Diode failure due to wire self-inductance?

Discussion in 'General Electronics Chat' started by ericar, Jan 3, 2014.

  1. ericar

    Thread Starter New Member

    Jan 2, 2014
    See the attached jpg file that is a photo of a circuit with some notes.

    I have a string of LED xmas lights that has failed with bridge diodes D1 and D2 shorted out.

    The switch SW1 is actually the location of the string’s female AC plug, where additional strings can be plugged in. In my case, I had four of these strings connected serially. Post mortem analysis found fuse F1 blown in all four strings, diodes D1 and D2 were shorted out only in string #3, the other three strings (string #1, string #2, and string #4) were all okay after replacing the blown fuses.

    My hypothesis is that a short-circuit occurred in string #4 in its female plug that caused diodes D1 and D2 in string #3 to fail due to the self-inductance of the very long 22 AWG wire. The reason I think the short-circuit occurred in string #4 instead of in string #3 is because the fuse F1 was also blown in string #4.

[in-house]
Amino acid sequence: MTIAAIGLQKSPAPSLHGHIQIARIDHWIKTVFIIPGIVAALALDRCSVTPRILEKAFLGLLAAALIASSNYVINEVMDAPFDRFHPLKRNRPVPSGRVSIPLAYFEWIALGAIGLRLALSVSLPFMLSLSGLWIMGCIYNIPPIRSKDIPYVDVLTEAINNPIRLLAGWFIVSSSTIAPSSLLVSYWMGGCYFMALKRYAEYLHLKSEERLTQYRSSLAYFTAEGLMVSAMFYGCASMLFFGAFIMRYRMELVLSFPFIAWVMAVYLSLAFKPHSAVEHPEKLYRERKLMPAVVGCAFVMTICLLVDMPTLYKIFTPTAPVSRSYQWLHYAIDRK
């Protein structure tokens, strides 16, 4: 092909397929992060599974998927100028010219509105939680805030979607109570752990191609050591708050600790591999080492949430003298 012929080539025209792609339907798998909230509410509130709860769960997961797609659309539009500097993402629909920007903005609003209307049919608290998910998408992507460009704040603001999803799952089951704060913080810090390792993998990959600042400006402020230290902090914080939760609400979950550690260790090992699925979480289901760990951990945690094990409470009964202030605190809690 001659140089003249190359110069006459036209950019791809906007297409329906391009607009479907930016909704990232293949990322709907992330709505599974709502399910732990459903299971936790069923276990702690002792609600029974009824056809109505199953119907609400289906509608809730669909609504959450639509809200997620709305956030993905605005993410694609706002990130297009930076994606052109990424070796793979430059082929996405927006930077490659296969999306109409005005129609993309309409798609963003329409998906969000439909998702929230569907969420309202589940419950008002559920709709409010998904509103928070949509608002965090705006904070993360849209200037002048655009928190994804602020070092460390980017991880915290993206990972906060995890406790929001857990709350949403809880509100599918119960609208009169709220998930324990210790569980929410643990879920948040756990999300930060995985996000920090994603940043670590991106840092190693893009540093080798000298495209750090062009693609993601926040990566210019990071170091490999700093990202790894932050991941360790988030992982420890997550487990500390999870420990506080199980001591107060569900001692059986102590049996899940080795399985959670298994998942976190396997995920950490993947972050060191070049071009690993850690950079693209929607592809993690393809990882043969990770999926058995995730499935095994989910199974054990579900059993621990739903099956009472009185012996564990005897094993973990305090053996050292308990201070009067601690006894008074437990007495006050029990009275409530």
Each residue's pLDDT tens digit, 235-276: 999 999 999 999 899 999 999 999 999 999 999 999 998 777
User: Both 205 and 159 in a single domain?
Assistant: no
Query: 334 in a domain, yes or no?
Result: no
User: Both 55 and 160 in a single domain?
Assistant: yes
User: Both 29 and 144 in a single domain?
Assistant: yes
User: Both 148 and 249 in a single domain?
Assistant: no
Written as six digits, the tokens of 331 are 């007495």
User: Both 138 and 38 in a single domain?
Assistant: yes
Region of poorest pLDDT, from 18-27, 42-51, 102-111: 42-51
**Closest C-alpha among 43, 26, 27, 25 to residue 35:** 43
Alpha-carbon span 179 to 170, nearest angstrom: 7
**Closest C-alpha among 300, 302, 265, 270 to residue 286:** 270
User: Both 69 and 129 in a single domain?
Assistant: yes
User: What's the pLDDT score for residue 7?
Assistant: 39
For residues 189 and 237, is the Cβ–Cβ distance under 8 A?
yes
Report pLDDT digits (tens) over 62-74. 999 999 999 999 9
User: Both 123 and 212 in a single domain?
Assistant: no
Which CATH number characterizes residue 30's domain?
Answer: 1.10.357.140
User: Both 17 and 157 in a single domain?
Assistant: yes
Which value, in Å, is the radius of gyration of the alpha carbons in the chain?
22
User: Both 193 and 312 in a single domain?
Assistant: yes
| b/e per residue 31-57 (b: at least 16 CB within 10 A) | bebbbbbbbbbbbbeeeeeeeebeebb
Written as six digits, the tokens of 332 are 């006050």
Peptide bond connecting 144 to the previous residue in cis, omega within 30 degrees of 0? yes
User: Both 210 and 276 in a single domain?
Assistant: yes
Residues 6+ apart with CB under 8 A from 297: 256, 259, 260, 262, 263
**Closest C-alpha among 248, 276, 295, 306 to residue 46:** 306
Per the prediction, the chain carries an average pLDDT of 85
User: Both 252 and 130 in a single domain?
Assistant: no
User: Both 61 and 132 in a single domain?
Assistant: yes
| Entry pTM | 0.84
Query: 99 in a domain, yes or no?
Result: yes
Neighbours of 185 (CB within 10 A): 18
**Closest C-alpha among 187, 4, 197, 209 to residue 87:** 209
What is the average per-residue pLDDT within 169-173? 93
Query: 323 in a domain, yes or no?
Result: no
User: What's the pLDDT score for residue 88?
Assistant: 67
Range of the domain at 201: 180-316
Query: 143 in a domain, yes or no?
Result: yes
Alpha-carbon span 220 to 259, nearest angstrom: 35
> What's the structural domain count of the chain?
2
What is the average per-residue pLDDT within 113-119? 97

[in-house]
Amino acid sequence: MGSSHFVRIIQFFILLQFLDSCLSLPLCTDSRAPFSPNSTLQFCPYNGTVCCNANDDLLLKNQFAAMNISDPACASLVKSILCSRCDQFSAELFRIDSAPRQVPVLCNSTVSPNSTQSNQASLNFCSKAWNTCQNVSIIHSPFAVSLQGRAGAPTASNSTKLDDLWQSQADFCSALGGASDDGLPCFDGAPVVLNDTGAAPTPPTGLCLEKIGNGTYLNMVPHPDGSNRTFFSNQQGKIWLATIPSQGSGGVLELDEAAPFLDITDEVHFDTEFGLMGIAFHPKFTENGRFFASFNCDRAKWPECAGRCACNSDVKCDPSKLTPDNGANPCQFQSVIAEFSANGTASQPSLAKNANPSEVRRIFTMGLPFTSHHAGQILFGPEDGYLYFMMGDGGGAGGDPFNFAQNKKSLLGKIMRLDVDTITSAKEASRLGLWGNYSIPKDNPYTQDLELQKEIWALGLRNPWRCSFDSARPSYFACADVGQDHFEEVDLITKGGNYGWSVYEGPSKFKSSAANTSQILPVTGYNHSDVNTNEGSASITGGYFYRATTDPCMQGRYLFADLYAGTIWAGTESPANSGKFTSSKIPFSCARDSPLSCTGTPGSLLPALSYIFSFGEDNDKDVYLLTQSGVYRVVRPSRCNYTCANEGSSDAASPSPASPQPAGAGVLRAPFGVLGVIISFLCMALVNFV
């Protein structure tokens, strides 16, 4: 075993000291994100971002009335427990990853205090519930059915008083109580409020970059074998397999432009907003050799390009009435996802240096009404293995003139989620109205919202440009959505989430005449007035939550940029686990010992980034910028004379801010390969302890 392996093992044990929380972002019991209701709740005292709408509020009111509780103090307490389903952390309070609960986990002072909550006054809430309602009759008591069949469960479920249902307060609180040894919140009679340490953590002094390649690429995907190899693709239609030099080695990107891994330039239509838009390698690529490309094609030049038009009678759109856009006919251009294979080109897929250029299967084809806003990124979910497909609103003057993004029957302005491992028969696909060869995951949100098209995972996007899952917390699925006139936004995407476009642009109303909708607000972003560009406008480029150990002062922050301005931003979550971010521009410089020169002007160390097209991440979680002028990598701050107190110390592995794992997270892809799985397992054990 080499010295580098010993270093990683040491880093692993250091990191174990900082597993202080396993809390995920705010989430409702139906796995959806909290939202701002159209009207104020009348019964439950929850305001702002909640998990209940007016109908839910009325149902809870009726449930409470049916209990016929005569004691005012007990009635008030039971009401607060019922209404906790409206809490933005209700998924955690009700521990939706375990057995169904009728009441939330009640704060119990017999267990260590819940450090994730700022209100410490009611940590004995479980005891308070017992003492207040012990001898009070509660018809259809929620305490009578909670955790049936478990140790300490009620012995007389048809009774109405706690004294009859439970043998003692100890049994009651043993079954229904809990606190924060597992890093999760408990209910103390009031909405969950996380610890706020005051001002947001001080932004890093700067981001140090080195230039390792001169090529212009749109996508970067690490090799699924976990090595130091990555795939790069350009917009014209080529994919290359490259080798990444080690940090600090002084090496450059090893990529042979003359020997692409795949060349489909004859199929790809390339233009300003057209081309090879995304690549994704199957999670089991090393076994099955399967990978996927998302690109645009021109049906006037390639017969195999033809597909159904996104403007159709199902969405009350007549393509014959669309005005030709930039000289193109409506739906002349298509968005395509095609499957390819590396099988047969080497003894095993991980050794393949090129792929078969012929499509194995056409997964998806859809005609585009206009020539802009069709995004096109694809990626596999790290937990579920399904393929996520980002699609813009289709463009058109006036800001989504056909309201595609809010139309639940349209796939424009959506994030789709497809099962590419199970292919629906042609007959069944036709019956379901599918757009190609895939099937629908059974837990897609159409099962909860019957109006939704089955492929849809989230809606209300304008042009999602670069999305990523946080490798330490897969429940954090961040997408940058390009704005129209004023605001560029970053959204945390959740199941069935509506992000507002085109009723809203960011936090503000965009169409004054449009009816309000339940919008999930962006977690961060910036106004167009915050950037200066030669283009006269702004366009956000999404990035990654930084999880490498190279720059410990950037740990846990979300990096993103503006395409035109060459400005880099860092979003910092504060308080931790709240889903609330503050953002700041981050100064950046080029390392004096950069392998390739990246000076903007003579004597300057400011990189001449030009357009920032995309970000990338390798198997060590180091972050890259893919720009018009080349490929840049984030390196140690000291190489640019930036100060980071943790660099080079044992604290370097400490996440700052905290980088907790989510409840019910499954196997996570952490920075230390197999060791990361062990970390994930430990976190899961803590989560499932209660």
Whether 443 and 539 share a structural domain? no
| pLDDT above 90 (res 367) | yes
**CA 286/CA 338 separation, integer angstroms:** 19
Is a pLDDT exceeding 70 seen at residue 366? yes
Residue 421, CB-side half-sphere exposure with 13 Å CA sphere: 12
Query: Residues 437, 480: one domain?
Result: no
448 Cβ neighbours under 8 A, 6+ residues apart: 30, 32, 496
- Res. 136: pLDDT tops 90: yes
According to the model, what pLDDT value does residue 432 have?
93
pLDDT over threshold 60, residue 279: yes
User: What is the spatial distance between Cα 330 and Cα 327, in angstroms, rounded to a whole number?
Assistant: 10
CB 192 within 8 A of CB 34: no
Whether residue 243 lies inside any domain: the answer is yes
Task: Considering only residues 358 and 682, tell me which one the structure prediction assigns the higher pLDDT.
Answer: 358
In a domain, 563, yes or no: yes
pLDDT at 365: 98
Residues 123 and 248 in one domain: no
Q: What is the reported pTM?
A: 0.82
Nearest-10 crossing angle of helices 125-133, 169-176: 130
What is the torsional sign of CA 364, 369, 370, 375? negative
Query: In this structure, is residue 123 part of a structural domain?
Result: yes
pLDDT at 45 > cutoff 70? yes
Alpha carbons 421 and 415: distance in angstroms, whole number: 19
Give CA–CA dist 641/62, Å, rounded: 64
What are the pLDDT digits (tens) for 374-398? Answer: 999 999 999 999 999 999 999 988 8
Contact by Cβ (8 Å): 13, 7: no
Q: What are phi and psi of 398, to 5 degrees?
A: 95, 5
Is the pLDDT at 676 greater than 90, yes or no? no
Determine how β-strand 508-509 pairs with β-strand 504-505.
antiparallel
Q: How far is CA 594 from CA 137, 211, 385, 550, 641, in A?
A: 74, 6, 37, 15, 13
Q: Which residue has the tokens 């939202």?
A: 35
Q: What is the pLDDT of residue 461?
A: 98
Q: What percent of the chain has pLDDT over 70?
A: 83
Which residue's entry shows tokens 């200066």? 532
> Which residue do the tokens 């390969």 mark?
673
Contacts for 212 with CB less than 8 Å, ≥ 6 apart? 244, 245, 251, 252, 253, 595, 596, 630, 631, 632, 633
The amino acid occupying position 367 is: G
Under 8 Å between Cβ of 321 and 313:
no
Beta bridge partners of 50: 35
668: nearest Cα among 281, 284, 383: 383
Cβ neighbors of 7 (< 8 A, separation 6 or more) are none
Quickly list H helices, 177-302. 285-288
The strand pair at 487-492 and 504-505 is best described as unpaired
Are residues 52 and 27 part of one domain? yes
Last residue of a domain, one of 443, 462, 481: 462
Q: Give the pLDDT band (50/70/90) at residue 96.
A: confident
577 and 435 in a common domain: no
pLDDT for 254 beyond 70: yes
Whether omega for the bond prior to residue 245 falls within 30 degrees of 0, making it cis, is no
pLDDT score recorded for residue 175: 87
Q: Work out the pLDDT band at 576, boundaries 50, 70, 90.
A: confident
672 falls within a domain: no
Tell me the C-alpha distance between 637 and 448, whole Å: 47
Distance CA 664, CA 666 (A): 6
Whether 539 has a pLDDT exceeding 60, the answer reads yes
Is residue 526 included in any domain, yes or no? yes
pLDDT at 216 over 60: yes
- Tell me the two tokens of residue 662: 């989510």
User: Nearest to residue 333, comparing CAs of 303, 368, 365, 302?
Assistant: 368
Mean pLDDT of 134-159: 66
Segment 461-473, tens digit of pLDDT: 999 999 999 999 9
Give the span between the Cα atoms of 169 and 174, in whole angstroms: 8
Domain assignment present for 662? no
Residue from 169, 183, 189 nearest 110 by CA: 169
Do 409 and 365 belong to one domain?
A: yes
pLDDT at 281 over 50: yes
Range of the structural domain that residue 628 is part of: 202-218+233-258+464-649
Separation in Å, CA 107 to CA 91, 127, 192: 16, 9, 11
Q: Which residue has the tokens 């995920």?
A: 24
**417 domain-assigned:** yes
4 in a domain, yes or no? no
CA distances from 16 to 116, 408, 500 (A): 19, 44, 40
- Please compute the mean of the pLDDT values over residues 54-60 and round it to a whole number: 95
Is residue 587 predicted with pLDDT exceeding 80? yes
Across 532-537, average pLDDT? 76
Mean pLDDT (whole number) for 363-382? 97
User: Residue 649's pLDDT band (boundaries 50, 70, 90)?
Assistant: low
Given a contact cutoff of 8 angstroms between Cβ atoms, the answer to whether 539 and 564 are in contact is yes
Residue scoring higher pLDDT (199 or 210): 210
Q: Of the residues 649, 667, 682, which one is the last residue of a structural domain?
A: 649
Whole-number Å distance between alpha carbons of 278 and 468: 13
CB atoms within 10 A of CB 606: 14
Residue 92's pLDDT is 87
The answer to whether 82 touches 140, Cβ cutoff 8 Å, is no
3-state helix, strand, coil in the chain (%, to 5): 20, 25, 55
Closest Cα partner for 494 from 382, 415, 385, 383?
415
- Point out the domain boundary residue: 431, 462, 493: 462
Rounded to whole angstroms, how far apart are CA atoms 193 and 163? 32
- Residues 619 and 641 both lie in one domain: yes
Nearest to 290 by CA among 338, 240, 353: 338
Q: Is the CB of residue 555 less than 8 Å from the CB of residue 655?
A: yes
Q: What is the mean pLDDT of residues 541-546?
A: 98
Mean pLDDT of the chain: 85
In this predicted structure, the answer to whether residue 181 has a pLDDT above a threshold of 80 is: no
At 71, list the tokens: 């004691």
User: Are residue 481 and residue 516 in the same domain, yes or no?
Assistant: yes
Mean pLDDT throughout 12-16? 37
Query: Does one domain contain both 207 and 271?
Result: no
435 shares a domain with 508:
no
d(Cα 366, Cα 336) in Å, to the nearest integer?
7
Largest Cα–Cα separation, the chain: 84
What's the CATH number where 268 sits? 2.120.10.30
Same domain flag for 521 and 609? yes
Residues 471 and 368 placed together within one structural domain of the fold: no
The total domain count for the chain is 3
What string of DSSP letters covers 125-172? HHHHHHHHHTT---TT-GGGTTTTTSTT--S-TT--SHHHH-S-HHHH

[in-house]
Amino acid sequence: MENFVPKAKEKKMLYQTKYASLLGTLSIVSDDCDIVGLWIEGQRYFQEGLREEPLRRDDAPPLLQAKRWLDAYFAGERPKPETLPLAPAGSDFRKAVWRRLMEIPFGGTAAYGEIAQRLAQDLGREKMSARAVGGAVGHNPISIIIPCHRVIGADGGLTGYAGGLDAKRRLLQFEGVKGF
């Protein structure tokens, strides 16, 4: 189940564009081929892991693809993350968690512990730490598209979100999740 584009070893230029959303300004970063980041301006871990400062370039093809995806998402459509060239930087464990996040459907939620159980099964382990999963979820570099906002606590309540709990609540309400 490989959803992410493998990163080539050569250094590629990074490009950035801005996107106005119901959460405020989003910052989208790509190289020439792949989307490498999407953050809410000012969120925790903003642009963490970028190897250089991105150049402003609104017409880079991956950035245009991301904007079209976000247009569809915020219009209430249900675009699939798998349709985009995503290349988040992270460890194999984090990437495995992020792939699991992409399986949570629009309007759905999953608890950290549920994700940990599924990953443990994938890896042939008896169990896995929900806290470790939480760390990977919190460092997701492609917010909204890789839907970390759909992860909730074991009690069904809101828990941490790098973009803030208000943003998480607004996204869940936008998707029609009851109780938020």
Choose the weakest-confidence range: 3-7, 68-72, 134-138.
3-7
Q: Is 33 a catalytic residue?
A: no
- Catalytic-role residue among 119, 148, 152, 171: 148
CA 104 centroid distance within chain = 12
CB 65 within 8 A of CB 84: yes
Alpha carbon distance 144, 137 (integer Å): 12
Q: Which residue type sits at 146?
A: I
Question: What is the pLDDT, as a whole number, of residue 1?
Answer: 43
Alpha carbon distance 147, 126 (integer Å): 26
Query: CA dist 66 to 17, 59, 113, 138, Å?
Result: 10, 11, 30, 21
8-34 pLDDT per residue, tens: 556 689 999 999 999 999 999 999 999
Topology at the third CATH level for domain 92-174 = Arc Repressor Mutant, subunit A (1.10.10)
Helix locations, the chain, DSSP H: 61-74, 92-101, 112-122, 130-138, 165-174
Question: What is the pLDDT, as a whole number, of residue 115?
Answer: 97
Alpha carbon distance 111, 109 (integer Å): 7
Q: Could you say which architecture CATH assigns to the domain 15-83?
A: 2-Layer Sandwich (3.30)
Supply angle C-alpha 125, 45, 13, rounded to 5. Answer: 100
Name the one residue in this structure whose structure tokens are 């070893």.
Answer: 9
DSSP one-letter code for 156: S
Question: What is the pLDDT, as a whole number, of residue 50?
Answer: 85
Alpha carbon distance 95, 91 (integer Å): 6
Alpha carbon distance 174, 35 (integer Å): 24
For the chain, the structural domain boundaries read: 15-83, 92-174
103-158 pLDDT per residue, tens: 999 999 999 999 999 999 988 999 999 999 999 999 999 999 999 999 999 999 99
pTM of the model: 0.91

In the attached circuit diagram, I have simplified the situation by showing only one string.

    An unexpected short-circuit (shown as SW1) will cause fuse F1 to blow. After the short-circuit has occurred, but just prior to the fuse blowing open, the short-circuit current will be about (169V/0.8 = 211A). The long 22 AWG wire has self-inductance of about (25 [feet] * 2 * 0.414 [uH/ft] = 20.7 uH).

    When the fuse blows with 211A flowing in the circuit (which will cause the circuit to suddenly open up) will there be a large voltage spike (V) across diodes D1 and D2 because of the wire inductance? If so, how do I calculate this voltage. Could this large voltage damage diodes D1 and D2 and cause them to fail?

    P.S. I do not think that string #3 diodes failed first and then fuses blew because (if that were the case) the (down-stream) fuse in string #4 would NOT have blown.


  2. #12


    Nov 30, 2010